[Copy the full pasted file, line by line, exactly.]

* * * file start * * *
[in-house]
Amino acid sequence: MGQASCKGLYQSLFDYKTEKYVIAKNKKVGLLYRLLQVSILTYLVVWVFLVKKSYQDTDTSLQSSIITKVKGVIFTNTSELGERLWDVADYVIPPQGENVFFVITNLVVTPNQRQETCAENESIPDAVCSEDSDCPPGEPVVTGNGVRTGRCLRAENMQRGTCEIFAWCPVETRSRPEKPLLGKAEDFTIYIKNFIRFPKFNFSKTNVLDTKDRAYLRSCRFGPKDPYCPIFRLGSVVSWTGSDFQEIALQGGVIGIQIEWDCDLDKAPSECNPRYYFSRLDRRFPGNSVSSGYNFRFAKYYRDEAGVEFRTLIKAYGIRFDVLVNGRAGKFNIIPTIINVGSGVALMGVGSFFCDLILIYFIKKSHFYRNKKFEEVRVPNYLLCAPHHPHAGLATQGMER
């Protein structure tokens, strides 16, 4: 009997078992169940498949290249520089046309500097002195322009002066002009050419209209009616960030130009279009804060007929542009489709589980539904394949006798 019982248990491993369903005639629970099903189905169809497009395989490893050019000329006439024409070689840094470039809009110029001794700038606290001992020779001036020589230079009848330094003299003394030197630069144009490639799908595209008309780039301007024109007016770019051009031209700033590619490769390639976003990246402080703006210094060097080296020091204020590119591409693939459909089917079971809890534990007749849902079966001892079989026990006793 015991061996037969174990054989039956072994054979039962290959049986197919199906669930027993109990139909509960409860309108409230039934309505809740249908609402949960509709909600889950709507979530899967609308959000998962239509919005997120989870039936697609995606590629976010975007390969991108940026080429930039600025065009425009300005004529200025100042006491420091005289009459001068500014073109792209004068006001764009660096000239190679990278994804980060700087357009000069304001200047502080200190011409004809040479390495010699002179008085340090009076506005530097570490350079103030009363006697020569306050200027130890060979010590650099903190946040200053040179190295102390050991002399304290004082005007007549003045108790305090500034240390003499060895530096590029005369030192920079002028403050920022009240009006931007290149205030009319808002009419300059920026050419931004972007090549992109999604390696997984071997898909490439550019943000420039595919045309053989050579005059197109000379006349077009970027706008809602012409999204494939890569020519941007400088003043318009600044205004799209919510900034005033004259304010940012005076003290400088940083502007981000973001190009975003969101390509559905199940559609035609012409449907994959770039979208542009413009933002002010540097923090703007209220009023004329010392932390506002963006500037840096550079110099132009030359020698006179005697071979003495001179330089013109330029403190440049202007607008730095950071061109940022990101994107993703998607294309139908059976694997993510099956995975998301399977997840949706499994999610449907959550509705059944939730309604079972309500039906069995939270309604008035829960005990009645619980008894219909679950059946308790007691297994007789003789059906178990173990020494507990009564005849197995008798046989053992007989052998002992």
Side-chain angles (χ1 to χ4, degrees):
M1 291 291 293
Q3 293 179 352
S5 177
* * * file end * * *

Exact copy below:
[in-house]
Amino acid sequence: MGQASCKGLYQSLFDYKTEKYVIAKNKKVGLLYRLLQVSILTYLVVWVFLVKKSYQDTDTSLQSSIITKVKGVIFTNTSELGERLWDVADYVIPPQGENVFFVITNLVVTPNQRQETCAENESIPDAVCSEDSDCPPGEPVVTGNGVRTGRCLRAENMQRGTCEIFAWCPVETRSRPEKPLLGKAEDFTIYIKNFIRFPKFNFSKTNVLDTKDRAYLRSCRFGPKDPYCPIFRLGSVVSWTGSDFQEIALQGGVIGIQIEWDCDLDKAPSECNPRYYFSRLDRRFPGNSVSSGYNFRFAKYYRDEAGVEFRTLIKAYGIRFDVLVNGRAGKFNIIPTIINVGSGVALMGVGSFFCDLILIYFIKKSHFYRNKKFEEVRVPNYLLCAPHHPHAGLATQGMER
């Protein structure tokens, strides 16, 4: 009997078992169940498949290249520089046309500097002195322009002066002009050419209209009616960030130009279009804060007929542009489709589980539904394949006798 019982248990491993369903005639629970099903189905169809497009395989490893050019000329006439024409070689840094470039809009110029001794700038606290001992020779001036020589230079009848330094003299003394030197630069144009490639799908595209008309780039301007024109007016770019051009031209700033590619490769390639976003990246402080703006210094060097080296020091204020590119591409693939459909089917079971809890534990007749849902079966001892079989026990006793 015991061996037969174990054989039956072994054979039962290959049986197919199906669930027993109990139909509960409860309108409230039934309505809740249908609402949960509709909600889950709507979530899967609308959000998962239509919005997120989870039936697609995606590629976010975007390969991108940026080429930039600025065009425009300005004529200025100042006491420091005289009459001068500014073109792209004068006001764009660096000239190679990278994804980060700087357009000069304001200047502080200190011409004809040479390495010699002179008085340090009076506005530097570490350079103030009363006697020569306050200027130890060979010590650099903190946040200053040179190295102390050991002399304290004082005007007549003045108790305090500034240390003499060895530096590029005369030192920079002028403050920022009240009006931007290149205030009319808002009419300059920026050419931004972007090549992109999604390696997984071997898909490439550019943000420039595919045309053989050579005059197109000379006349077009970027706008809602012409999204494939890569020519941007400088003043318009600044205004799209919510900034005033004259304010940012005076003290400088940083502007981000973001190009975003969101390509559905199940559609035609012409449907994959770039979208542009413009933002002010540097923090703007209220009023004329010392932390506002963006500037840096550079110099132009030359020698006179005697071979003495001179330089013109330029403190440049202007607008730095950071061109940022990101994107993703998607294309139908059976694997993510099956995975998301399977997840949706499994999610449907959550509705059944939730309604079972309500039906069995939270309604008035829960005990009645619980008894219909679950059946308790007691297994007789003789059906178990173990020494507990009564005849197995008798046989053992007989052998002992």
Side-chain angles (χ1 to χ4, degrees):
M1 291 291 293
Q3 293 179 352
S5 177